“It is a South Asia strategy; it not just an Afghanistan strategy,” Mr. Mattis said.
Stephen K. Bannon, who was recently removed as a top Trump adviser, fought the military’s recommendation for more troops and backed a number of alternative options — including using contractors instead of United States forces. (Mr. Bannon did not attend the meeting Mr. Trump convened on Friday at Camp David to discuss Afghan strategy.)
American military commanders have argued that the additional troops would enable the United States to advise select Afghan brigades in the field and to reverse gains made by the Taliban. But after nearly 16 years of war, critics say, the Trump administration needs to detail ways to elicit more cooperation from Pakistan, improve governance in Afghanistan and make the battlefield gains durable.
Few people believe the war is Afghanistan has been going well. Gen. John W. Nicholson, the commander of the American-led international force in Afghanistan, told Congress in February that the United States and its NATO allies were facing a “stalemate.”
The Pentagon later developed options to send 3,000 to 5,000 more American troops to Afghanistan, including hundreds of Special Operations forces. The reinforcements would be augmented by troop contributions from NATO nations, which American officials have already solicited.
An estimated 9,800 American troops are deployed to Afghanistan, most of them assigned to an international force of about 13,000 that is training and advising the Afghan military. About 2,000 American troops are assigned to fight Al Qaeda and other militant groups.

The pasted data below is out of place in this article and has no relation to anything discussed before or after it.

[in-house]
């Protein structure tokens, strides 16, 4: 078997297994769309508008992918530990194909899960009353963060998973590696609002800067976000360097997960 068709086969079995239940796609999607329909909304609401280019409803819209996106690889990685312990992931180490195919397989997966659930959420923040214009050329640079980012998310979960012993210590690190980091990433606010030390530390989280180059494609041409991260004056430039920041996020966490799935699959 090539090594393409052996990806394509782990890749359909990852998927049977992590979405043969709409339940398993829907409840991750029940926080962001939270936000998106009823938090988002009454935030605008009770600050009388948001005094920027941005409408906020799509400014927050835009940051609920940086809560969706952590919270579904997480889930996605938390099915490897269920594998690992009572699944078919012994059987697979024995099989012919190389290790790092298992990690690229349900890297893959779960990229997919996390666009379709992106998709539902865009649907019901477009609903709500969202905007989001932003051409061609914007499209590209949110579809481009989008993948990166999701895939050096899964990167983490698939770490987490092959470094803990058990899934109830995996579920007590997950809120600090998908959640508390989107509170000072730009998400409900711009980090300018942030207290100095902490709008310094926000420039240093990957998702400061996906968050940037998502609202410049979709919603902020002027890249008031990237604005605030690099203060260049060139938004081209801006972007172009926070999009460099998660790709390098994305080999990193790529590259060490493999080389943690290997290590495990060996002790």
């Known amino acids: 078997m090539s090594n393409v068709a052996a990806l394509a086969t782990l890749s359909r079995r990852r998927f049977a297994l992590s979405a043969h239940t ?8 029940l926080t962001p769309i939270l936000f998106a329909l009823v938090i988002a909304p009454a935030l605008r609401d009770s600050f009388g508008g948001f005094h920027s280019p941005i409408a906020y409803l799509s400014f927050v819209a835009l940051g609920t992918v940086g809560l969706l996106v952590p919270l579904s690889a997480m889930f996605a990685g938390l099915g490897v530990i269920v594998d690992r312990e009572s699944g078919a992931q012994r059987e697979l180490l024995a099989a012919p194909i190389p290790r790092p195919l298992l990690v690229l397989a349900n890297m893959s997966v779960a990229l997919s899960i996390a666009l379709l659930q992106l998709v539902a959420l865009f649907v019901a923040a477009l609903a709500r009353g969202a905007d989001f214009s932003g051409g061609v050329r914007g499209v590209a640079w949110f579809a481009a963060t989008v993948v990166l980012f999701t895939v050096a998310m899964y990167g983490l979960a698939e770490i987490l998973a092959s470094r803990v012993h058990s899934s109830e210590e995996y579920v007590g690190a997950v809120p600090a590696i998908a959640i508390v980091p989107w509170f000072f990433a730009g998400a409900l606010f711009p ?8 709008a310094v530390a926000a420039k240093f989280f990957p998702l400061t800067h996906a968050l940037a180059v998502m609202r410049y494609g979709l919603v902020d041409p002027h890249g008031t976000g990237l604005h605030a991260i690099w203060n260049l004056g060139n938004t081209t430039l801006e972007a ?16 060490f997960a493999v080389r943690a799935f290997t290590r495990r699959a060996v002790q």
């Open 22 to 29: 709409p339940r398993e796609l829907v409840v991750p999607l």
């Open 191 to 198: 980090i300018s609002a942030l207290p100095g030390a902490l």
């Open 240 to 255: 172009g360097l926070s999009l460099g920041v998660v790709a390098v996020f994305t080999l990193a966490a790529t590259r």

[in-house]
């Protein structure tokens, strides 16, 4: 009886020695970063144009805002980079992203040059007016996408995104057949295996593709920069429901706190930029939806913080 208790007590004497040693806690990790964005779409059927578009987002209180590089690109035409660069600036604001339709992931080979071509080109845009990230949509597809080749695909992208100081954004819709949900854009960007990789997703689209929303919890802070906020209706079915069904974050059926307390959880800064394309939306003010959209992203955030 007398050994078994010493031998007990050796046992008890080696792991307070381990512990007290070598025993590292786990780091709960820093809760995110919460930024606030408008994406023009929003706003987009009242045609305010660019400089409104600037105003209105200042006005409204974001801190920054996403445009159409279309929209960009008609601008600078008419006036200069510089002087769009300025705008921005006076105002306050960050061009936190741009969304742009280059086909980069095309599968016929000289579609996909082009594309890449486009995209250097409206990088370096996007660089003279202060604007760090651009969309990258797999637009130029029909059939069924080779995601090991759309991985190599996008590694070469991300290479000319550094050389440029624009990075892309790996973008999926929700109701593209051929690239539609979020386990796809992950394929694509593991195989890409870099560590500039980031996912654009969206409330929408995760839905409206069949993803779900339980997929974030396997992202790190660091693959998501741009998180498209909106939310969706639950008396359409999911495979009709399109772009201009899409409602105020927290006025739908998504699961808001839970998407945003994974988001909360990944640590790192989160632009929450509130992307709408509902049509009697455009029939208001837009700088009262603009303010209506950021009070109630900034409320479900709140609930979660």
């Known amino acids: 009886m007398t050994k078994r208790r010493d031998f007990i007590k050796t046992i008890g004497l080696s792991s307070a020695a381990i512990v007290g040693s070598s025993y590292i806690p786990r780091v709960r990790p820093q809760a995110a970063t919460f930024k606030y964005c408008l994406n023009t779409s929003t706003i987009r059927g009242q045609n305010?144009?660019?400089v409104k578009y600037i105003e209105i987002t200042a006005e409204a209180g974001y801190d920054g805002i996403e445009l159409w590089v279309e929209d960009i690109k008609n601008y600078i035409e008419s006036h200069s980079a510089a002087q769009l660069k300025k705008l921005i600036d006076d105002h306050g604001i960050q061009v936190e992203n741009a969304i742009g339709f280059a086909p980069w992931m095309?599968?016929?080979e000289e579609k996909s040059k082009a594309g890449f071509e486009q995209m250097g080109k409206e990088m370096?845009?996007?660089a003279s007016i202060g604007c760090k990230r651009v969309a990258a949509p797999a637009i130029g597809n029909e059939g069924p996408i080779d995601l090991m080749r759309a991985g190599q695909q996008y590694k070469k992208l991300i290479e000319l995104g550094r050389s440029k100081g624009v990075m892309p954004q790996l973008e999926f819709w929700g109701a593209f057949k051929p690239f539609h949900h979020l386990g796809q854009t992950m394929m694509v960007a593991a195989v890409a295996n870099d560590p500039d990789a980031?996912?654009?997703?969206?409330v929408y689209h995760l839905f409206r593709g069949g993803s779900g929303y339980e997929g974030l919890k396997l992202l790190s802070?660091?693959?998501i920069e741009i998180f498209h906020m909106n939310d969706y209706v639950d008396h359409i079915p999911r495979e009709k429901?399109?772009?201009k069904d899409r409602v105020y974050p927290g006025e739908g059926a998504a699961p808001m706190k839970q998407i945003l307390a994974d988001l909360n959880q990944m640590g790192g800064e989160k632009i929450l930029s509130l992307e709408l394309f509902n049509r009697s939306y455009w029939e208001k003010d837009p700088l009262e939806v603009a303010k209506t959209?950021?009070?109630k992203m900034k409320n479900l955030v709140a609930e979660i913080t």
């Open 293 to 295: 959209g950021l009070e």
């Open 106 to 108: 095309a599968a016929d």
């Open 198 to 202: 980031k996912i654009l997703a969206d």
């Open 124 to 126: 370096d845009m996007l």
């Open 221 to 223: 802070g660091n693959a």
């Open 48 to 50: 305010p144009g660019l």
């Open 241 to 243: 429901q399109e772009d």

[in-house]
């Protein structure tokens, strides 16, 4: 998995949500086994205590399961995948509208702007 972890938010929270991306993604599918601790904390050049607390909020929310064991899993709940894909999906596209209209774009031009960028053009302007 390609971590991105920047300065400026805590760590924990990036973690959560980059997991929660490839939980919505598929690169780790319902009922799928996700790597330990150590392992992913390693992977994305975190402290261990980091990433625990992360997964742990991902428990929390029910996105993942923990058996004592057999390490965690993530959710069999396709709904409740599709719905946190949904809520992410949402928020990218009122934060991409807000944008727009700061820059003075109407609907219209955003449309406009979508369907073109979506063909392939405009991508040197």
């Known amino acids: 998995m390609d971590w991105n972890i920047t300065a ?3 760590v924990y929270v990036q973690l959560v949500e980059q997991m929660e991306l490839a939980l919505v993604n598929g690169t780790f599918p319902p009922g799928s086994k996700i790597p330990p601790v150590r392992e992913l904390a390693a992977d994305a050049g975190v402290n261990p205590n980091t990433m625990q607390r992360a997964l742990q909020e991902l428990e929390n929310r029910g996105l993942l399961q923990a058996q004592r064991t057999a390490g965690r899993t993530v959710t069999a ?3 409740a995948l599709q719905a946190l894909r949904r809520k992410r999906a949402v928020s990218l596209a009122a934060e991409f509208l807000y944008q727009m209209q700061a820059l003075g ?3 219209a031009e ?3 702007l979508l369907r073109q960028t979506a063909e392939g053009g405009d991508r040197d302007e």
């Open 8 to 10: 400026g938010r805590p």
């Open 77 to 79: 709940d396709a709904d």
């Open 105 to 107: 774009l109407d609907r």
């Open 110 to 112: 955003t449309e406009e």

Mr. Trump was initially skeptical about sending more troops, and his review of Afghan strategy dragged on for months. While Mr. Trump has vowed to defeat terrorist groups, sending more American forces to Afghanistan could cost billions of dollars, and there is no assurance of producing a clear victory.
Several hard-line lawmakers, including Senator John McCain, the Arizona Republican who is chairman of the Senate Armed Services Committee, had complained that Mr. Trump was dragging his feet at a time when security in Afghanistan was eroding.
After meeting with his national security team on Friday, Mr. Trump tweeted on Saturday: “Many decisions made, including on Afghanistan.”
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